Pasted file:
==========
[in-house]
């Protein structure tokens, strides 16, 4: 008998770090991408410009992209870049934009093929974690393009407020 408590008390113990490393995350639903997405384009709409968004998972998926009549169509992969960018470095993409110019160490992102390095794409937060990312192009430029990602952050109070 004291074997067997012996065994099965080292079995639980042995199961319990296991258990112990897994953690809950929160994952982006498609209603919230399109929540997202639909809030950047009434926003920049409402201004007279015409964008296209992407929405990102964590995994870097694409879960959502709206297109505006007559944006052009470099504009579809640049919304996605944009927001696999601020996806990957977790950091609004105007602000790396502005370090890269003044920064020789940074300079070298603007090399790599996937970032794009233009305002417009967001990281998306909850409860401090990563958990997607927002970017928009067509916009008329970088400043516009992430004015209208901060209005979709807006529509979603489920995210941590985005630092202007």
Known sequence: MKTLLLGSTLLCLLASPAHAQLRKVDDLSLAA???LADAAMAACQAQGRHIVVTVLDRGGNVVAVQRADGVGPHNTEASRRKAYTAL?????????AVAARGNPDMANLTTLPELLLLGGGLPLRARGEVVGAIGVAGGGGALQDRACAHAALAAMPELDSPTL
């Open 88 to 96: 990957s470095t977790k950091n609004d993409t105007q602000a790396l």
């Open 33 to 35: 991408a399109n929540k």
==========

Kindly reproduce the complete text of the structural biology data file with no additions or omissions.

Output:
[in-house]
């Protein structure tokens, strides 16, 4: 008998770090991408410009992209870049934009093929974690393009407020 408590008390113990490393995350639903997405384009709409968004998972998926009549169509992969960018470095993409110019160490992102390095794409937060990312192009430029990602952050109070 004291074997067997012996065994099965080292079995639980042995199961319990296991258990112990897994953690809950929160994952982006498609209603919230399109929540997202639909809030950047009434926003920049409402201004007279015409964008296209992407929405990102964590995994870097694409879960959502709206297109505006007559944006052009470099504009579809640049919304996605944009927001696999601020996806990957977790950091609004105007602000790396502005370090890269003044920064020789940074300079070298603007090399790599996937970032794009233009305002417009967001990281998306909850409860401090990563958990997607927002970017928009067509916009008329970088400043516009992430004015209208901060209005979709807006529509979603489920995210941590985005630092202007």
Known sequence: MKTLLLGSTLLCLLASPAHAQLRKVDDLSLAA???LADAAMAACQAQGRHIVVTVLDRGGNVVAVQRADGVGPHNTEASRRKAYTAL?????????AVAARGNPDMANLTTLPELLLLGGGLPLRARGEVVGAIGVAGGGGALQDRACAHAALAAMPELDSPTL
């Open 88 to 96: 990957s470095t977790k950091n609004d993409t105007q602000a790396l």
């Open 33 to 35: 991408a399109n929540k």